The World Bank, Coal and Energy Poverty

Justin Guay, Sierra Club - India Program Officer

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It is an often unchallenged premise that the road to development must be paved with fossil fuels. One which has lead international finance institutions (IFIs) charged with enabling development for the billions of poor around the world to heavily finance and subsidize them. The results of this lending are on prominent display at the World Bank. From fiscal year 06-10, World Bank lending for fossil fuels increased from $1.5 billion to $6.2 billion. In fact 2010 represented a record year for fossil fuel lending at the Bank with $4.4 billion for coal projects alone.

While the World Bank and other IFIs pursue this destructive lending the projects are often met with fierce resistance by local communities who refuse to shoulder the burden fossil fuels will exact. Projects which are coming online at a time of near crisis levels of climate change impacts; Impacts, which are overwhelmingly borne by the billions of poor in vulnerable areas of the world. It is truly a sad and cruel fate that the remedy offered by IFIs for a lack of modern energy service that restricts development opportunities, is a devils bargain that threatens to literally wash away the hard fought development gains of recent decades.

However, the Bank as well as other IFIs, (including the United States Export Import Bank, which is on a fossil fuel binge of its own) continue their incoherent lending when it comes to fossil fuels and climate change. They do so by maintaining that fossil fuels, particularly coal, are the cheapest forms of energy, and are therefore vital for eradicating poverty. Moreover, with a lack of leadership from the industrialized world it is impossible to let climate concerns trump the urgent necessity of poverty eradication.

Unfortunately the either/or narrative of eradicating poverty through fossil fuel development or addressing climate change falls painfully flat for a number of reasons. The first and foremost is the widely acknowledged fact that simple cost/benefit analyses fail to internalize the laundry list of costs imposed upon society (particularly the poor) by fossil fuels including climate change, human health impacts, and ecosystem impacts. In addition, fossil fuels are subject to significant price fluctuations. For example, due to its high dependency on oil to power its mining operations the price of “cheap” Appalachian coal tripled on the U.S. spot market from 2007-2008 to over $140/ton.

While concerns over the true cost of fossil fuels justifies a fundamental shift in lending practices, the deeper issue remains their inability to provide access to energy for the world’s poor. Nowhere is this issue more clearly illustrated than India where according to the UNDP and WHO 28% of the 1.5 billion people lacking access to electricity live. There are any number of reasons for the failure of centralized fossil fuel energy supplies to reach rural India including the high cost of grid extensions, and the countries notoriously “leaky” transmission system.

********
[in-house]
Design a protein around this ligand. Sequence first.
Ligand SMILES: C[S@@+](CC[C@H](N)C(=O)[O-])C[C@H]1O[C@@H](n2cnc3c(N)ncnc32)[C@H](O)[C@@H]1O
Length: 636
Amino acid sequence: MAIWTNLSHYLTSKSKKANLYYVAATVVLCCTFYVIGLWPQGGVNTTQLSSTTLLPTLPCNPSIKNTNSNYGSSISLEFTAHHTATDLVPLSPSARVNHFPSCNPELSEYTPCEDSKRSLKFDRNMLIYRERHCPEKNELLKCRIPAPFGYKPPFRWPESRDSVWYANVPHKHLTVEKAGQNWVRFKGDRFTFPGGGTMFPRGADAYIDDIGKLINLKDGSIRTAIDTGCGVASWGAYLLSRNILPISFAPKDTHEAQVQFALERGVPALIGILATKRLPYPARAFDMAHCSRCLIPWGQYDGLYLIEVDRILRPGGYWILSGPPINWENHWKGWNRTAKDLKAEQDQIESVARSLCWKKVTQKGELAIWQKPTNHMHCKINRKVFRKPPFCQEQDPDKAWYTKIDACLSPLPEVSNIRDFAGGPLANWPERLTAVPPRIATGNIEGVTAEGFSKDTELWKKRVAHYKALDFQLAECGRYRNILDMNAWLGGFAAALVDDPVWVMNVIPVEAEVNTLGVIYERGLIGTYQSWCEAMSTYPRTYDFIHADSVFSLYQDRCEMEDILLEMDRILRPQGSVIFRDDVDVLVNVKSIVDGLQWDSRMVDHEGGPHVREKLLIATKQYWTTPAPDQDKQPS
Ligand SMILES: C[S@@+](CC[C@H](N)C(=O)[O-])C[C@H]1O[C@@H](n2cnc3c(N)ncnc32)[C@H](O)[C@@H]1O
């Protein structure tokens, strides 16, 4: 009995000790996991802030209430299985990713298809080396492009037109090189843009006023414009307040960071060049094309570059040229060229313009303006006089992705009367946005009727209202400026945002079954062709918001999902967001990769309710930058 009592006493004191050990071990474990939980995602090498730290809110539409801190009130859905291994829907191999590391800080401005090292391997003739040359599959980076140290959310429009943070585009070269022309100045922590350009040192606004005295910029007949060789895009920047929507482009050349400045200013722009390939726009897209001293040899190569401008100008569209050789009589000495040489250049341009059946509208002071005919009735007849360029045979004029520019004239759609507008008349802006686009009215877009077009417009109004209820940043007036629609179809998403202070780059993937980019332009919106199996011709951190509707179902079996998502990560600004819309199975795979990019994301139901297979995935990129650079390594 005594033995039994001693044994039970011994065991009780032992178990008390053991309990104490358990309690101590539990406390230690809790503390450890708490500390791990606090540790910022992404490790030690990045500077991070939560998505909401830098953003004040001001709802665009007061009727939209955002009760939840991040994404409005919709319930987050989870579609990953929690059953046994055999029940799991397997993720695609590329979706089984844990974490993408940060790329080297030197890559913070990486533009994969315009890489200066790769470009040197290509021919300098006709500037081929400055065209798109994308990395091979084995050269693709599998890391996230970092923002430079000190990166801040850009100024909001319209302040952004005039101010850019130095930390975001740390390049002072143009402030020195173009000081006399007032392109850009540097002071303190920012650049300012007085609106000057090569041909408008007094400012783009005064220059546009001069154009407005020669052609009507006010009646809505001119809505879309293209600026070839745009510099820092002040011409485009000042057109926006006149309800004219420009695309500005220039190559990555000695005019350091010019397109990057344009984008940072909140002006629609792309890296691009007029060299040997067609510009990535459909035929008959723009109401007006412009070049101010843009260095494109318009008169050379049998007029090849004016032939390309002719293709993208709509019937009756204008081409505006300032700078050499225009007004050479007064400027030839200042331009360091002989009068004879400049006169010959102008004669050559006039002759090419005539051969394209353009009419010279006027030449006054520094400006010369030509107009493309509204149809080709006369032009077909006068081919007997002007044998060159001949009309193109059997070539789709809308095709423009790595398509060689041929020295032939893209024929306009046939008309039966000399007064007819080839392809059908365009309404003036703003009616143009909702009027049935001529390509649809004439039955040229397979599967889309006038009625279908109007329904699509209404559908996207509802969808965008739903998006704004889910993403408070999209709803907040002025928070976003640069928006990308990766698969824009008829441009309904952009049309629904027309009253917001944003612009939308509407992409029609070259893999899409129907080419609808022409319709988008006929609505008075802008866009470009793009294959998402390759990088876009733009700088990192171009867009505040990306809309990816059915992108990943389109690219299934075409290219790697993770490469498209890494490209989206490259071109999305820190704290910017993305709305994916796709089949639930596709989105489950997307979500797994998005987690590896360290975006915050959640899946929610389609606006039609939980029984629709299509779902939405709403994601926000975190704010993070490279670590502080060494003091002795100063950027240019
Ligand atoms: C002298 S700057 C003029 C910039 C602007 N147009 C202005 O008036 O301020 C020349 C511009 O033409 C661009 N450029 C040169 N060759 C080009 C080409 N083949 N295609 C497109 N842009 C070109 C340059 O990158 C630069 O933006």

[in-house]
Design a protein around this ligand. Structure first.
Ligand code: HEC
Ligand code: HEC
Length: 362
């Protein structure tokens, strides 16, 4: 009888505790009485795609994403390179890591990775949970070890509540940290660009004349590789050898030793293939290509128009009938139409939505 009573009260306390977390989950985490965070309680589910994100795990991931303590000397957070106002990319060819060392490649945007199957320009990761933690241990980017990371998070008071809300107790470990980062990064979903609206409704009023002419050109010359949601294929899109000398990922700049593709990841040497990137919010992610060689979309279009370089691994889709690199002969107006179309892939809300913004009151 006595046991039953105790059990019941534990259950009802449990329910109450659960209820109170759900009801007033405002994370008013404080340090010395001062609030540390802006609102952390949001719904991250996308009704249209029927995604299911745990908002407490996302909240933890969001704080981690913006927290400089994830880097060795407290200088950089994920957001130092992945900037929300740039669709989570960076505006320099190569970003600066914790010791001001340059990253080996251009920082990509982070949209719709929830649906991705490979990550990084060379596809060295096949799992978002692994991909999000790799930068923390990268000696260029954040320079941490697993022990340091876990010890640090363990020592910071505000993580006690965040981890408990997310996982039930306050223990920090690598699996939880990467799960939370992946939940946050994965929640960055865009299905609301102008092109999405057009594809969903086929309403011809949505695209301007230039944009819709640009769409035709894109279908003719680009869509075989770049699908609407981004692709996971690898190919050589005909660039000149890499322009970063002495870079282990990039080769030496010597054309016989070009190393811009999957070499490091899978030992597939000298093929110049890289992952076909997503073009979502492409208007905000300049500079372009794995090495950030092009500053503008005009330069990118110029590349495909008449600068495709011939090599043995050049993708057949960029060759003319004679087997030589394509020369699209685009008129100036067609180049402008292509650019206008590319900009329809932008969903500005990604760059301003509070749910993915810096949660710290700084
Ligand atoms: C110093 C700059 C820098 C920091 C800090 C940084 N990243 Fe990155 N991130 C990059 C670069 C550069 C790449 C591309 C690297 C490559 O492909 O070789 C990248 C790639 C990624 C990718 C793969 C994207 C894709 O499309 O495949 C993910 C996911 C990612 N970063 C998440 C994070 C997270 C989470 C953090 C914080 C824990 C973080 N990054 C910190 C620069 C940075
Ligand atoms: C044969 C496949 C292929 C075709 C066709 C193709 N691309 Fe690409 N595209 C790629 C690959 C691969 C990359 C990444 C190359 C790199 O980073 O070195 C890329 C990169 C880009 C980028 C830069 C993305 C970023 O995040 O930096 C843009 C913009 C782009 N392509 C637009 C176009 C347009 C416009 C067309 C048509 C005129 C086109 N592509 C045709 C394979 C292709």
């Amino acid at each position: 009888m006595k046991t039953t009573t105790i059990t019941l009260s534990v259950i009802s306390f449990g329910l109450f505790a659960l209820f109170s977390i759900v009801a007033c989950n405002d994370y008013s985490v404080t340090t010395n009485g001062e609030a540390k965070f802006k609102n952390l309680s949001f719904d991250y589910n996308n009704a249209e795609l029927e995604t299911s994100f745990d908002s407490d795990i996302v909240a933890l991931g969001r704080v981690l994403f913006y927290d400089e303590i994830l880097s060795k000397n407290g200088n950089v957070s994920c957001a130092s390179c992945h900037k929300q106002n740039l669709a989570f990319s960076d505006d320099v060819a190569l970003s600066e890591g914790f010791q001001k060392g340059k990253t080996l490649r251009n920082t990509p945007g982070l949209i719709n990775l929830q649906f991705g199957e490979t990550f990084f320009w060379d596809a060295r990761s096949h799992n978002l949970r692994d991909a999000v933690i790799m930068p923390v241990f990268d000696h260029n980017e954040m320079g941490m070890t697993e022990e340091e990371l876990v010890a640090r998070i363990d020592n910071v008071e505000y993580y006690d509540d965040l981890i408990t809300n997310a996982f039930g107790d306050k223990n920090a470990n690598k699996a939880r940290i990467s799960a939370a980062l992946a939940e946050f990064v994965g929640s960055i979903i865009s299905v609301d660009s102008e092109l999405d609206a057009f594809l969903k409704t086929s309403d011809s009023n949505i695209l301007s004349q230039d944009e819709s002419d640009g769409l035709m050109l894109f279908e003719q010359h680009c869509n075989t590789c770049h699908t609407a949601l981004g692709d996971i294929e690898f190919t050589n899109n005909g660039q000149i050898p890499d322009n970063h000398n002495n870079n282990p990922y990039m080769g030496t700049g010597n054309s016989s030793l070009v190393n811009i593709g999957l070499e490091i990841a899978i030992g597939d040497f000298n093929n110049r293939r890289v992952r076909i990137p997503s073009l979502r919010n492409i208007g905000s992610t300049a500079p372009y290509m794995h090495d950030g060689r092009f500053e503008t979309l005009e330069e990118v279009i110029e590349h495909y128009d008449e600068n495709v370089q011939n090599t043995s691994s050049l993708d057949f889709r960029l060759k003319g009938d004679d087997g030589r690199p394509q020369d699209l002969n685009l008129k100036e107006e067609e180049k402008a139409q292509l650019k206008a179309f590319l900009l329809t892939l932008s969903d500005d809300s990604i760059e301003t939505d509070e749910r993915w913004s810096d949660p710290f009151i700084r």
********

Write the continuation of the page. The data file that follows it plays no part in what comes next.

However, in spite of these issues the International Finance Corporation (IFC), a member of the World Bank Group, provided nearly $450 million dollars in 2008 to create one of the world’s largest point sources of greenhouse gas emissions the 4,000 MW Tata Mundra coal based power project in Gujarat. It then backed this colossal mistake with a further $1 billion in financing two years later to “strengthen the transmission network for bulk power transfers”.

What’s worse, in an Orwellian attempt to justify the project and the broader fossil fuels narrative Tata Mundra applied for carbon credits under the Clean Development Mechanism (CDM) of the United Nations Framework Convention on Climate Change. The applications was based on the faulty logic that supercritical technology employed at the plant would more efficiently burn coal thereby lowering levels of CO2 emissions.

The Executive Board of the CDM saw through this absurd attempt and rejected the project. However, with Indian supercritical coal technology attempting to position itself as a low carbon alternative eligible for carbon credits and the government’s coal ministry firing salvos at Jairam Ramesh for standing up to this destructive form of development it is absolutely vital that IFIs recant the false narrative from which this lunacy has sprung.

Ultimately, it is access to modern energy services that is a fundamental prerequisite to poverty eradication and economic development - an area where the fossil fuel led development narratives ultimate failure rests. Energy sector lending must ensure that energy access becomes the central priority of international financial institutions. Doing so clearly demonstrates the need to look for innovative solutions for the poor by supporting the rural market infrastructure for decentralized renewable energy rather than propping up the failed policies of the past. Because when the world’s children look back and ask why did you choose new coal? No amount of “pro-poor” rhetoric will be able to put a positive spin on the dark future fossil fuels will have forged.

This post appears courtesy of the Sierra Club India.

Check out more on Celsias:

Innovation for the Poor

What is Life After Peak Oil?

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  • Posted on Sept. 21, 2010. Listed in:

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